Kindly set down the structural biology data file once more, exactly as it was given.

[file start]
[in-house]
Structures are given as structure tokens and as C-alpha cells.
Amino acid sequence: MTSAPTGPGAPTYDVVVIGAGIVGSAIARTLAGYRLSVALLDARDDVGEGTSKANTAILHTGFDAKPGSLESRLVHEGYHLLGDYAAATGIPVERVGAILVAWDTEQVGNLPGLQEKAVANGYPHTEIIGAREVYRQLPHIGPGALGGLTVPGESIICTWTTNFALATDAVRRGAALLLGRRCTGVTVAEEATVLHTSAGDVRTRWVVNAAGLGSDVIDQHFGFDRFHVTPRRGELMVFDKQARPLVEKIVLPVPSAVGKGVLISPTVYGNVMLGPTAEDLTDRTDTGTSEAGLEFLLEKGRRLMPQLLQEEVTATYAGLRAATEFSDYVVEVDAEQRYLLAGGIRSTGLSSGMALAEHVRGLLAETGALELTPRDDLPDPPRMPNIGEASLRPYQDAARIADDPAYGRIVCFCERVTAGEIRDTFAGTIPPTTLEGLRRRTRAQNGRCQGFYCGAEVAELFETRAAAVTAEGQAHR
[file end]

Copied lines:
[in-house]
Structures are given as structure tokens and as C-alpha cells.
Amino acid sequence: MTSAPTGPGAPTYDVVVIGAGIVGSAIARTLAGYRLSVALLDARDDVGEGTSKANTAILHTGFDAKPGSLESRLVHEGYHLLGDYAAATGIPVERVGAILVAWDTEQVGNLPGLQEKAVANGYPHTEIIGAREVYRQLPHIGPGALGGLTVPGESIICTWTTNFALATDAVRRGAALLLGRRCTGVTVAEEATVLHTSAGDVRTRWVVNAAGLGSDVIDQHFGFDRFHVTPRRGELMVFDKQARPLVEKIVLPVPSAVGKGVLISPTVYGNVMLGPTAEDLTDRTDTGTSEAGLEFLLEKGRRLMPQLLQEEVTATYAGLRAATEFSDYVVEVDAEQRYLLAGGIRSTGLSSGMALAEHVRGLLAETGALELTPRDDLPDPPRMPNIGEASLRPYQDAARIADDPAYGRIVCFCERVTAGEIRDTFAGTIPPTTLEGLRRRTRAQNGRCQGFYCGAEVAELFETRAAAVTAEGQAHR